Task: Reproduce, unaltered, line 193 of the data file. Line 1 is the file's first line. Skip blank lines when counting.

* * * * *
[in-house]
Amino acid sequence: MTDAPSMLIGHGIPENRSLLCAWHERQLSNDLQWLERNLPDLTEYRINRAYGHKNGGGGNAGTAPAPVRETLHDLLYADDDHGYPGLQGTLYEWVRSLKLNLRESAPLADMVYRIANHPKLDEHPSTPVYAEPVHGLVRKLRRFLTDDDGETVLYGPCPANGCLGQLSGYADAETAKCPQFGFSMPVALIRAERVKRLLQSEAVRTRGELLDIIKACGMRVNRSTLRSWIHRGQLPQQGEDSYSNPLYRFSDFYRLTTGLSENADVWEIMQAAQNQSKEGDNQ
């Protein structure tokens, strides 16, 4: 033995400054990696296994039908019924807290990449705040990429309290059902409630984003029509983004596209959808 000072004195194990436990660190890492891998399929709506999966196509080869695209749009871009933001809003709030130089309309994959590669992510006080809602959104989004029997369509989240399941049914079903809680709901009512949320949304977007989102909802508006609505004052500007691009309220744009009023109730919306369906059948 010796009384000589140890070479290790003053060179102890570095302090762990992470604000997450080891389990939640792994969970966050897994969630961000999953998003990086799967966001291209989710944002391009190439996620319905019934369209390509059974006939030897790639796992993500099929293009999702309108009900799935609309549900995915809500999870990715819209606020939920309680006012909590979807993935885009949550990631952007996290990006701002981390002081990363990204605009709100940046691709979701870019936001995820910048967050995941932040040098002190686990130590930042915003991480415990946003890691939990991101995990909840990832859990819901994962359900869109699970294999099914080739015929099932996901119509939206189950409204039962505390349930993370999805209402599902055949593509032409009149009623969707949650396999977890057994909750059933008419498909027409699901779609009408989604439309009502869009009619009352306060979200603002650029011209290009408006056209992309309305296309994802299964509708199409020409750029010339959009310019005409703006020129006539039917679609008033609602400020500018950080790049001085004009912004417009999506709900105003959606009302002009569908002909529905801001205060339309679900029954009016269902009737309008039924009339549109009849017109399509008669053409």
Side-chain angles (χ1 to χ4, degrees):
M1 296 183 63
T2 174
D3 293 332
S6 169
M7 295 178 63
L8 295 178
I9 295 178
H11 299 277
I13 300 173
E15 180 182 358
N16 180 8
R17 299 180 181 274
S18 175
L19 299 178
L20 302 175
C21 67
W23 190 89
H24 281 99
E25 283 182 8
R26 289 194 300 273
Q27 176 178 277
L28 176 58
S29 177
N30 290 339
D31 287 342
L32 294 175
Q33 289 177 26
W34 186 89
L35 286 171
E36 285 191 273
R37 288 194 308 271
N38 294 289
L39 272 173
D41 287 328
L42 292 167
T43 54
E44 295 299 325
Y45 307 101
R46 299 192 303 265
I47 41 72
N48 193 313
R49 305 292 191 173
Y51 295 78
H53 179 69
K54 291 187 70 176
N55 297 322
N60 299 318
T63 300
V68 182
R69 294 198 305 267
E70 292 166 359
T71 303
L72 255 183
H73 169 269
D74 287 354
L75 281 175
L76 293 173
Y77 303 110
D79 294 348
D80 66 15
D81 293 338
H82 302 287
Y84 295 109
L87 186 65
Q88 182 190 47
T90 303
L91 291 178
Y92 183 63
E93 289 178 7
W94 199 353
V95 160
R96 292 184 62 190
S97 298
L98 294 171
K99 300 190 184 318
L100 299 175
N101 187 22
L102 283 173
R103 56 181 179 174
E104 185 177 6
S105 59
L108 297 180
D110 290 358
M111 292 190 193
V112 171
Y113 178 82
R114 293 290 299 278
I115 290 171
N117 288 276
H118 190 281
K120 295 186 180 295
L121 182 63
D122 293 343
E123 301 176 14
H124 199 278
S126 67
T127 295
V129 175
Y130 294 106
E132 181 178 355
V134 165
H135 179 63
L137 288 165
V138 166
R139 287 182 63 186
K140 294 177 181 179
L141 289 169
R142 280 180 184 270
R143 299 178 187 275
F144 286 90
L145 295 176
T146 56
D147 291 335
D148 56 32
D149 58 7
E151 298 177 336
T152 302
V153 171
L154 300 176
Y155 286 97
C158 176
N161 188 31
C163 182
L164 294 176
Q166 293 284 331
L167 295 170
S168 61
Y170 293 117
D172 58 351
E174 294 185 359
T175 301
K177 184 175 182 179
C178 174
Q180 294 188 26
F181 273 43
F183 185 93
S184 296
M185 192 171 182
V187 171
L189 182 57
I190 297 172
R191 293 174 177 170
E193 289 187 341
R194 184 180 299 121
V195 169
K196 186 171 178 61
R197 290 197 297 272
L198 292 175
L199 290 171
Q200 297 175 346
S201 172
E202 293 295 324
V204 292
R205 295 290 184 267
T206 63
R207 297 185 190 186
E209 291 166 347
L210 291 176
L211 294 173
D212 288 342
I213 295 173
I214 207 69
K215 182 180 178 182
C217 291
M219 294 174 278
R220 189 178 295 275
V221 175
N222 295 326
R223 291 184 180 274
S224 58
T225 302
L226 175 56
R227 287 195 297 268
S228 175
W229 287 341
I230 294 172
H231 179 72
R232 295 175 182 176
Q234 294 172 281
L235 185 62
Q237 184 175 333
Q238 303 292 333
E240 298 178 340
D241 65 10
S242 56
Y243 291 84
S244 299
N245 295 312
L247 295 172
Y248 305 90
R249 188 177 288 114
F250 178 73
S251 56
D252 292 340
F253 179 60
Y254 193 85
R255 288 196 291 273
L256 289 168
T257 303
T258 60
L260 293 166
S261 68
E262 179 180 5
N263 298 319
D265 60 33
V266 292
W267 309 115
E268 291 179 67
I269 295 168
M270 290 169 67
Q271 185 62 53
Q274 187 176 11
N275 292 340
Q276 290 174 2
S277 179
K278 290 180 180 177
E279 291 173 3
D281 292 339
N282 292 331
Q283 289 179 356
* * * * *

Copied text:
L247 295 172